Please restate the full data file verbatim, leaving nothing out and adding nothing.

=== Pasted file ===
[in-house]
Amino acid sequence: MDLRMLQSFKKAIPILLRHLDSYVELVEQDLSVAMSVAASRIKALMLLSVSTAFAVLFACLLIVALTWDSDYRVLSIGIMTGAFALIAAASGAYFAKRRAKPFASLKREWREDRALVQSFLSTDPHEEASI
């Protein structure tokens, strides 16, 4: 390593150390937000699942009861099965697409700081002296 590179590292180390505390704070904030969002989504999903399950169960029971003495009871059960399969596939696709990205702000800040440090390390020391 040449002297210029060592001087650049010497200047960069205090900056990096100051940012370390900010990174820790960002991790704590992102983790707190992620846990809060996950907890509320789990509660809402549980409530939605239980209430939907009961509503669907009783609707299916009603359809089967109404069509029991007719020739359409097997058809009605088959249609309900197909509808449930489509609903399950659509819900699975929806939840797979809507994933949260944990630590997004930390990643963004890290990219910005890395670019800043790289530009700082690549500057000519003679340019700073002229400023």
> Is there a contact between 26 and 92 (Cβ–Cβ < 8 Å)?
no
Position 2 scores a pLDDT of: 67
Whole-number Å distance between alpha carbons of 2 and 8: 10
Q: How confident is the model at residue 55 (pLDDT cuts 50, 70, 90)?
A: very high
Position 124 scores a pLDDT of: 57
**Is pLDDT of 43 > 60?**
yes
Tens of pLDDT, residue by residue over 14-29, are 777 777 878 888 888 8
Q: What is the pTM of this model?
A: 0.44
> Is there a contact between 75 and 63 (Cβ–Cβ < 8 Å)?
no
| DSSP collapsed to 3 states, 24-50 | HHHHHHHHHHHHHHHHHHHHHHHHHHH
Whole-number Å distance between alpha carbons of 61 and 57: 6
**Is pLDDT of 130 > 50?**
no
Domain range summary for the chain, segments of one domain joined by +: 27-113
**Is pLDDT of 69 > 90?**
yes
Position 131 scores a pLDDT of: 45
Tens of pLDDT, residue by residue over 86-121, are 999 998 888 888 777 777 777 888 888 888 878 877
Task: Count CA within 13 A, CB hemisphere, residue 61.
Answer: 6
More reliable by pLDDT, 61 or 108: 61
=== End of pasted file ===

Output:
[in-house]
Amino acid sequence: MDLRMLQSFKKAIPILLRHLDSYVELVEQDLSVAMSVAASRIKALMLLSVSTAFAVLFACLLIVALTWDSDYRVLSIGIMTGAFALIAAASGAYFAKRRAKPFASLKREWREDRALVQSFLSTDPHEEASI
């Protein structure tokens, strides 16, 4: 390593150390937000699942009861099965697409700081002296 590179590292180390505390704070904030969002989504999903399950169960029971003495009871059960399969596939696709990205702000800040440090390390020391 040449002297210029060592001087650049010497200047960069205090900056990096100051940012370390900010990174820790960002991790704590992102983790707190992620846990809060996950907890509320789990509660809402549980409530939605239980209430939907009961509503669907009783609707299916009603359809089967109404069509029991007719020739359409097997058809009605088959249609309900197909509808449930489509609903399950659509819900699975929806939840797979809507994933949260944990630590997004930390990643963004890290990219910005890395670019800043790289530009700082690549500057000519003679340019700073002229400023």
> Is there a contact between 26 and 92 (Cβ–Cβ < 8 Å)?
no
Position 2 scores a pLDDT of: 67
Whole-number Å distance between alpha carbons of 2 and 8: 10
Q: How confident is the model at residue 55 (pLDDT cuts 50, 70, 90)?
A: very high
Position 124 scores a pLDDT of: 57
**Is pLDDT of 43 > 60?**
yes
Tens of pLDDT, residue by residue over 14-29, are 777 777 878 888 888 8
Q: What is the pTM of this model?
A: 0.44
> Is there a contact between 75 and 63 (Cβ–Cβ < 8 Å)?
no
| DSSP collapsed to 3 states, 24-50 | HHHHHHHHHHHHHHHHHHHHHHHHHHH
Whole-number Å distance between alpha carbons of 61 and 57: 6
**Is pLDDT of 130 > 50?**
no
Domain range summary for the chain, segments of one domain joined by +: 27-113
**Is pLDDT of 69 > 90?**
yes
Position 131 scores a pLDDT of: 45
Tens of pLDDT, residue by residue over 86-121, are 999 998 888 888 777 777 777 888 888 888 878 877
Task: Count CA within 13 A, CB hemisphere, residue 61.
Answer: 6
More reliable by pLDDT, 61 or 108: 61